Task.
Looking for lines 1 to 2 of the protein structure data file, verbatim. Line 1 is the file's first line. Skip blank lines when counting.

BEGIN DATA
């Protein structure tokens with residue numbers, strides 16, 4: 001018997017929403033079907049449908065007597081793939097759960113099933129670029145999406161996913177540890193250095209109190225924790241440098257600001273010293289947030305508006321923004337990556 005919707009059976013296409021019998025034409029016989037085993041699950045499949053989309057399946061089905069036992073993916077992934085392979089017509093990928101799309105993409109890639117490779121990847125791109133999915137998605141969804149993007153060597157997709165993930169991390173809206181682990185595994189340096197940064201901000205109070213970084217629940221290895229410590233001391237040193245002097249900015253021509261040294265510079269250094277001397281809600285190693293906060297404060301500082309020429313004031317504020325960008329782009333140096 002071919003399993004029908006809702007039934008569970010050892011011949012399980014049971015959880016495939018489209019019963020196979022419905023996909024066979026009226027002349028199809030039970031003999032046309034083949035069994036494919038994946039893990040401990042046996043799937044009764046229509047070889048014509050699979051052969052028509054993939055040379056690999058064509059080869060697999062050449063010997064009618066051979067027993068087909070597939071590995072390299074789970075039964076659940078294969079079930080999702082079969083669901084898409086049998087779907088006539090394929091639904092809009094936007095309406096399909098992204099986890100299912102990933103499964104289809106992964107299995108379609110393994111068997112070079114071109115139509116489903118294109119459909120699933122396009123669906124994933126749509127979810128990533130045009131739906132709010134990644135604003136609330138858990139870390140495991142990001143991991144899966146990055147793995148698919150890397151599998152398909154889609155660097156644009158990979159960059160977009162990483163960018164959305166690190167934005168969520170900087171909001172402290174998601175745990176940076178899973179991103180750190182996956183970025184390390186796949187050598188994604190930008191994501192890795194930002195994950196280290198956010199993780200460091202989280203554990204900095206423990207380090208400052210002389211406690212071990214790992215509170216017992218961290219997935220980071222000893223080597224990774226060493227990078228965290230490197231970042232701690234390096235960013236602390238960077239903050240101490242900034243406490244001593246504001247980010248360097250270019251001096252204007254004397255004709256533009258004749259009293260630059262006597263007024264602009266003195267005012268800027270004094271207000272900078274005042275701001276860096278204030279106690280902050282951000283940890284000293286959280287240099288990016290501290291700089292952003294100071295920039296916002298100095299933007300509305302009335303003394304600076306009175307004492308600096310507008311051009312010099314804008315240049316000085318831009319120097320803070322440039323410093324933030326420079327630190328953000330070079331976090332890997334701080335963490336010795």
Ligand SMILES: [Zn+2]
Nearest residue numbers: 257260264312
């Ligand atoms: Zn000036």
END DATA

């Protein structure tokens with residue numbers, strides 16, 4: 001018997017929403033079907049449908065007597081793939097759960113099933129670029145999406161996913177540890193250095209109190225924790241440098257600001273010293289947030305508006321923004337990556 005919707009059976013296409021019998025034409029016989037085993041699950045499949053989309057399946061089905069036992073993916077992934085392979089017509093990928101799309105993409109890639117490779121990847125791109133999915137998605141969804149993007153060597157997709165993930169991390173809206181682990185595994189340096197940064201901000205109070213970084217629940221290895229410590233001391237040193245002097249900015253021509261040294265510079269250094277001397281809600285190693293906060297404060301500082309020429313004031317504020325960008329782009333140096 002071919003399993004029908006809702007039934008569970010050892011011949012399980014049971015959880016495939018489209019019963020196979022419905023996909024066979026009226027002349028199809030039970031003999032046309034083949035069994036494919038994946039893990040401990042046996043799937044009764046229509047070889048014509050699979051052969052028509054993939055040379056690999058064509059080869060697999062050449063010997064009618066051979067027993068087909070597939071590995072390299074789970075039964076659940078294969079079930080999702082079969083669901084898409086049998087779907088006539090394929091639904092809009094936007095309406096399909098992204099986890100299912102990933103499964104289809106992964107299995108379609110393994111068997112070079114071109115139509116489903118294109119459909120699933122396009123669906124994933126749509127979810128990533130045009131739906132709010134990644135604003136609330138858990139870390140495991142990001143991991144899966146990055147793995148698919150890397151599998152398909154889609155660097156644009158990979159960059160977009162990483163960018164959305166690190167934005168969520170900087171909001172402290174998601175745990176940076178899973179991103180750190182996956183970025184390390186796949187050598188994604190930008191994501192890795194930002195994950196280290198956010199993780200460091202989280203554990204900095206423990207380090208400052210002389211406690212071990214790992215509170216017992218961290219997935220980071222000893223080597224990774226060493227990078228965290230490197231970042232701690234390096235960013236602390238960077239903050240101490242900034243406490244001593246504001247980010248360097250270019251001096252204007254004397255004709256533009258004749259009293260630059262006597263007024264602009266003195267005012268800027270004094271207000272900078274005042275701001276860096278204030279106690280902050282951000283940890284000293286959280287240099288990016290501290291700089292952003294100071295920039296916002298100095299933007300509305302009335303003394304600076306009175307004492308600096310507008311051009312010099314804008315240049316000085318831009319120097320803070322440039323410093324933030326420079327630190328953000330070079331976090332890997334701080335963490336010795």
Ligand SMILES: [Zn+2]